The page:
Bottle traps emerge in all the arrangements when large weights are applied to the direction of propagation (z axis). These traps create a highamplitude cage around the levitation point and all the forces result from amplitude gradients. A point phase singularity (that is, zerodimensional) is found at the trap centre. Here the holographic signature is a circular region of πphase difference. Bottle traps have been reported in acoustics^{17} but their ability to levitate particles was never suggested or proved; in optics, they have been generated by intersecting two laser beams with different modes^{30}.
Twin traps and vortex traps have a similar working volume for the same arrangements (Supplementary Fig. 11 and Supplementary Note 6) and this is comparable to the working volume of a standard singleaxis levitator. The z axis range with the tested singlesided arrays was up to 40 mm. This range is sufficient for many applications and could be increased by using more powerful transducers, a different host medium or if it not were necessary to defy gravity (for example, underwater applications). Bottle traps were limited in working volume since the lateral forces were weak, and the bottle shape was not maintained when the trap was generated offcentre.
Particles could be transported horizontally at up to 26 cm s^{−1} (Supplementary Tables 1 and 2 and Supplementary Note 7), this speed being limited by the update rate of our custom electronics (Supplementary Note 1). Vortex and twin traps achieved similar horizontal transport speeds and much higher vertical speeds than a traditional standing wave created with a twosided device. Twin traps are not symmetric around the z axis leading to faster transport speeds in the y direction than in the x direction. Bottle traps were limited in transport speed because of their relatively weak lateral forces. Other systems have reported maintained speeds of up to 4.9 (ref. 3), 3.2 (ref. 23) and 7 cm s^{−1} (ref. 20). The accuracy of particle repositioning (Supplementary Tables 3 and 4 and Supplementary Note 8) was at least 0.4 mm (λ/21) and up to 0.05 mm (λ/171) depending on the trap and axis, which is comparable to that achieved in previous devices^{12}.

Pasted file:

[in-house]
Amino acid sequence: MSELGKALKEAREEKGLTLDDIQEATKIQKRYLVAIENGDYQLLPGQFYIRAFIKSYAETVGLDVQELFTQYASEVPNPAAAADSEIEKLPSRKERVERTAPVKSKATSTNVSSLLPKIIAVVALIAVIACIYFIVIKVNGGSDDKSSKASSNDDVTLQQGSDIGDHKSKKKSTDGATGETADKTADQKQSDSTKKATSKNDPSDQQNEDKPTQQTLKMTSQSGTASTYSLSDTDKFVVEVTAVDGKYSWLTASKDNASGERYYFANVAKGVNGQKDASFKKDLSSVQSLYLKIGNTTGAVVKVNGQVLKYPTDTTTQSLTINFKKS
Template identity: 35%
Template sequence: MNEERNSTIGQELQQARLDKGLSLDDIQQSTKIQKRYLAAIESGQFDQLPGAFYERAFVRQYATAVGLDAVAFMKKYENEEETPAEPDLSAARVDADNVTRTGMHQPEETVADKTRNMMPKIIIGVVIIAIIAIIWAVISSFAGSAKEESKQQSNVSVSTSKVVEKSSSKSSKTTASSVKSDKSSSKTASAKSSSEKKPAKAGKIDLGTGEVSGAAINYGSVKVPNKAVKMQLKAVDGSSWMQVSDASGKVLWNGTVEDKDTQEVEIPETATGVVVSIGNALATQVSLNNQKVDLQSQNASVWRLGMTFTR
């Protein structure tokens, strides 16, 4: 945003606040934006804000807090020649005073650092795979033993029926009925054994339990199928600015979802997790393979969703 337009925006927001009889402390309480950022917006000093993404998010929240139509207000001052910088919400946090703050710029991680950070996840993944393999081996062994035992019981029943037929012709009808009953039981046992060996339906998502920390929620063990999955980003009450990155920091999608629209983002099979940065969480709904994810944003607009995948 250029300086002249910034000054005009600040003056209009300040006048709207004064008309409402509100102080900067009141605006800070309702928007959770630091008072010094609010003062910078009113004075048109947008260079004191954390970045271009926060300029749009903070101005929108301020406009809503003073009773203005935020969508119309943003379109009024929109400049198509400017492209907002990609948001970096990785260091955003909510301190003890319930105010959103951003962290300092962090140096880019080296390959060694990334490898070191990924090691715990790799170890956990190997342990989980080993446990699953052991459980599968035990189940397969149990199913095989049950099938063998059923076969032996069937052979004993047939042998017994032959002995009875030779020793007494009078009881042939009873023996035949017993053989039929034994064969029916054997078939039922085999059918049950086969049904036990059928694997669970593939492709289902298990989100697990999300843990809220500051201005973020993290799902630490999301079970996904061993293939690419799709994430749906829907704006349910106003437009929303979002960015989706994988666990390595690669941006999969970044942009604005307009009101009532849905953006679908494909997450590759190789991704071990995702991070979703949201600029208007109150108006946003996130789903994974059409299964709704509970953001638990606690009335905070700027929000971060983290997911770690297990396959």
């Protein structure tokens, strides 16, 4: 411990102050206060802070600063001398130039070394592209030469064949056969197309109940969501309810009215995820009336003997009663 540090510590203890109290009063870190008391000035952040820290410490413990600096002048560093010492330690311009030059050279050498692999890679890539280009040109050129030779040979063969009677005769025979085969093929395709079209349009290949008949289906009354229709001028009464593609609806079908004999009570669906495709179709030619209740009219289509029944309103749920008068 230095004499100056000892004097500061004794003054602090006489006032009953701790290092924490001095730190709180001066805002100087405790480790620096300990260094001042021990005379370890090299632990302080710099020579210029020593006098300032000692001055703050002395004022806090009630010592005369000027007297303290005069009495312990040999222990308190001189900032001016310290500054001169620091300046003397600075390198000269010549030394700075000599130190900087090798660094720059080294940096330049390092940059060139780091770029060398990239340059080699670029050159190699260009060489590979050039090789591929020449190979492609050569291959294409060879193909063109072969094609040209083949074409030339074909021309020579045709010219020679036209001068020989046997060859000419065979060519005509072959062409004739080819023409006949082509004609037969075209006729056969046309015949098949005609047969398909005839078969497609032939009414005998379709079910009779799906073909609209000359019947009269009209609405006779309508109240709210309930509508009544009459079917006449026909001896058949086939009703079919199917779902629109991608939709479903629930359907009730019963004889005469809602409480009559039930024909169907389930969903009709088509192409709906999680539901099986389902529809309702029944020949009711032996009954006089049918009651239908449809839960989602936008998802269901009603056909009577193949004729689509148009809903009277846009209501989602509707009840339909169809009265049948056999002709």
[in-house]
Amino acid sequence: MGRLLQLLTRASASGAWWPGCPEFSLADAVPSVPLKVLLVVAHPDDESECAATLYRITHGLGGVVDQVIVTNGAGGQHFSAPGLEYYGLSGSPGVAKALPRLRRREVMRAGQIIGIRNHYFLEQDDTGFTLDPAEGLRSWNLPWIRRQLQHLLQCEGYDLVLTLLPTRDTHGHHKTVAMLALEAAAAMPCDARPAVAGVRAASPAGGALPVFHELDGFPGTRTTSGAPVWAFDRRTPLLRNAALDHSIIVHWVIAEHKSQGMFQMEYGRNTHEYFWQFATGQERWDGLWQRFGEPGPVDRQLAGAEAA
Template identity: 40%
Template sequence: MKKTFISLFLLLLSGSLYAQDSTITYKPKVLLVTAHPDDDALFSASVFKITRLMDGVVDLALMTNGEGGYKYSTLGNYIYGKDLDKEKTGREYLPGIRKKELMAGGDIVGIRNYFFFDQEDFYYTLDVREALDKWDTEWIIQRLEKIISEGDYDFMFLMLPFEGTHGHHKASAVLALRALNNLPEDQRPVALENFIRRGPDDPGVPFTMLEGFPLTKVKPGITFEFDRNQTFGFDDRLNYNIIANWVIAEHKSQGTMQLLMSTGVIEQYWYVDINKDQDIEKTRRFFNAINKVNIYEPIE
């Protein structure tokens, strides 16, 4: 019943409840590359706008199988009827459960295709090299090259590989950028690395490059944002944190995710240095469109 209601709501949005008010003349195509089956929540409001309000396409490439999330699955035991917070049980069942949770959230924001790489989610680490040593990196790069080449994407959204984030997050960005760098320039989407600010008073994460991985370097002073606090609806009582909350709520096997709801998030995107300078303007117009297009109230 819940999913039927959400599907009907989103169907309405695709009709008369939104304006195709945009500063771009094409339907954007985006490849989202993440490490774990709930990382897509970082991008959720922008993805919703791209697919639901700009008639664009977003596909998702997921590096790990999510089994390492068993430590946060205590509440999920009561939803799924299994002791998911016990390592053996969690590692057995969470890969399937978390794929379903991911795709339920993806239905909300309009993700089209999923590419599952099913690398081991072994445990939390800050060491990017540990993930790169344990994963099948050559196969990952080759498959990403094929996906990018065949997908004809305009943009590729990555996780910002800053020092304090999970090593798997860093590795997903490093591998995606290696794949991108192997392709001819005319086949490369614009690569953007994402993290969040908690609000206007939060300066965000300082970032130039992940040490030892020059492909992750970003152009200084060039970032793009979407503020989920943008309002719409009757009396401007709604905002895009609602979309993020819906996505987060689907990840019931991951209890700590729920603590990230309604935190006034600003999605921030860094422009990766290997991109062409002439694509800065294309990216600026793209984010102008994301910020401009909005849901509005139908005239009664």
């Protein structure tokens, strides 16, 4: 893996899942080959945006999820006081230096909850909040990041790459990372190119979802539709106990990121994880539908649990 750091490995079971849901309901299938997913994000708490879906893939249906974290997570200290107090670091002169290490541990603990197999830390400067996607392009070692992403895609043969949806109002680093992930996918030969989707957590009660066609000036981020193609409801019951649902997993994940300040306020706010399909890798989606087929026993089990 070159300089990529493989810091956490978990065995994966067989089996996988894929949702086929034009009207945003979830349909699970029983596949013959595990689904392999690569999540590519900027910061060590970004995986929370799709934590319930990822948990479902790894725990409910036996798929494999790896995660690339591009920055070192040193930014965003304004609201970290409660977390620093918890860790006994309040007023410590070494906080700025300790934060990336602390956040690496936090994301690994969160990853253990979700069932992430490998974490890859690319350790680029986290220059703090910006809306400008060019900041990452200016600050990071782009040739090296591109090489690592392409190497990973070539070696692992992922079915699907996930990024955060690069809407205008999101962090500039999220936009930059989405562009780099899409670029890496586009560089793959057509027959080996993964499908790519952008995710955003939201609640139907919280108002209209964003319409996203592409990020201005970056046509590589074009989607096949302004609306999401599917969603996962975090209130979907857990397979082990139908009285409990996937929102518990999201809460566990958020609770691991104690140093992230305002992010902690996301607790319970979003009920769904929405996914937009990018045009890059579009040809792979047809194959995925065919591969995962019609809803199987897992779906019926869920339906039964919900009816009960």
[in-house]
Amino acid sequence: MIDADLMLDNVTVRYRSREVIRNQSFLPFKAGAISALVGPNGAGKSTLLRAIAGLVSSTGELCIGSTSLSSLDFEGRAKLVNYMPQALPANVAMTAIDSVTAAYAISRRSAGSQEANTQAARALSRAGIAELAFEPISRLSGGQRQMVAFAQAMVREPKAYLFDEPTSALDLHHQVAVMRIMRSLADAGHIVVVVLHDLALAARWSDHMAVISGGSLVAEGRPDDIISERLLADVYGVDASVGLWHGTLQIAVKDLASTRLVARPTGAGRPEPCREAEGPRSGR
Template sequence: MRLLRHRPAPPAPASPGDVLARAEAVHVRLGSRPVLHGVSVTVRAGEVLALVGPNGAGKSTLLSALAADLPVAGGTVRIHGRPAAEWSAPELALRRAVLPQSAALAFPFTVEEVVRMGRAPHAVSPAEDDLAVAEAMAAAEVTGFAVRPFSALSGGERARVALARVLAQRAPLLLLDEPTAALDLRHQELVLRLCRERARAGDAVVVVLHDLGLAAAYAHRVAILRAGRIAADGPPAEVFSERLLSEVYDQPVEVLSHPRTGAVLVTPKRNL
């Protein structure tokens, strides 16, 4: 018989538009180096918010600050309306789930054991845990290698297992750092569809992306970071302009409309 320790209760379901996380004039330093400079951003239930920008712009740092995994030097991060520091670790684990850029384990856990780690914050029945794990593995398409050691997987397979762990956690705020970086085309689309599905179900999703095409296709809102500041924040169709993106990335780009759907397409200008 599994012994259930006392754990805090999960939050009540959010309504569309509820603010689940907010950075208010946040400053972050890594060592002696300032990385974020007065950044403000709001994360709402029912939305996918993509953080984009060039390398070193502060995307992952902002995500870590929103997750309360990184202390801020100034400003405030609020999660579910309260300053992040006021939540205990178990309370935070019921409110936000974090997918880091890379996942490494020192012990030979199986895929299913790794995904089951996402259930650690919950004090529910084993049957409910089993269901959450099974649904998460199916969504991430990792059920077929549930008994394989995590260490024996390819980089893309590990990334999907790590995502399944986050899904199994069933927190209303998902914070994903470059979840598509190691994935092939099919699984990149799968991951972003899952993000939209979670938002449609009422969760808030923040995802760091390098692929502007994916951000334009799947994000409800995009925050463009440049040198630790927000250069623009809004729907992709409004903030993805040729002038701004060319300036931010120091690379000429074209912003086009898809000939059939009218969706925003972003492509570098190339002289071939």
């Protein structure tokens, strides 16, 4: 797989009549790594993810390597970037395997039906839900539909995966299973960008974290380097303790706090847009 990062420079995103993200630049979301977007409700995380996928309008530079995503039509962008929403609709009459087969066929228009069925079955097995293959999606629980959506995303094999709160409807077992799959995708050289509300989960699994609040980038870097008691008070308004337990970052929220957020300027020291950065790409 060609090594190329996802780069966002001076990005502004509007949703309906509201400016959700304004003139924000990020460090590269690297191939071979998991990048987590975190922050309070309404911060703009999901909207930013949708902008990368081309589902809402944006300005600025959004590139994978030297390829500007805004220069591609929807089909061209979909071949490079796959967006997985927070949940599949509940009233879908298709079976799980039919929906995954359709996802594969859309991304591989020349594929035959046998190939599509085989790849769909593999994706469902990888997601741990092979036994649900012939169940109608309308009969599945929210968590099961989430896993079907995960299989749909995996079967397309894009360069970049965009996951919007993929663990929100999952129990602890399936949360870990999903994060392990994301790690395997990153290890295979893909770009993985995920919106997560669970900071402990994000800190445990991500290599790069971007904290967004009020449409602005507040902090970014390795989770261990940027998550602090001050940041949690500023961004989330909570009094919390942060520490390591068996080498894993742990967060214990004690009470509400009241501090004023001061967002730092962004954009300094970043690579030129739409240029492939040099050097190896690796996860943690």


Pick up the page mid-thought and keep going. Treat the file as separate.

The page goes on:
Forces of the order of μN were generated on particles due to the trapping forces, this is comparable to previous levitation systems^{12,17}. The trapping forces are presented as spring constants in Supplementary Fig. 12, Supplementary Tables 5 and 6, and Supplementary Note 9. Twin and vortex traps had lateral forces comparable to a standing wave generated with a traditional singleaxis device but the zdirection forces were around 30 times weaker. Bottle traps had zdirection forces seven times stronger than twin and vortex traps, potentially leading to a greater z range, but their low lateral forces diminished their manoeuvrability. That is, it was possible to levitate particles at relatively large distances form the array, but not to reach those positions moving the particle from the central position. In general, pressure amplitude gradients were seen to generate much stronger forces than velocity gradients. The strength of the traps affected negatively the speed of transport but this was caused by the update rate of the electronics. Strong trapping forces require smaller step sizes for stable transport (Supplementary Tables 7 and 8 and Supplementary Note 7) and thus faster updates of the phases.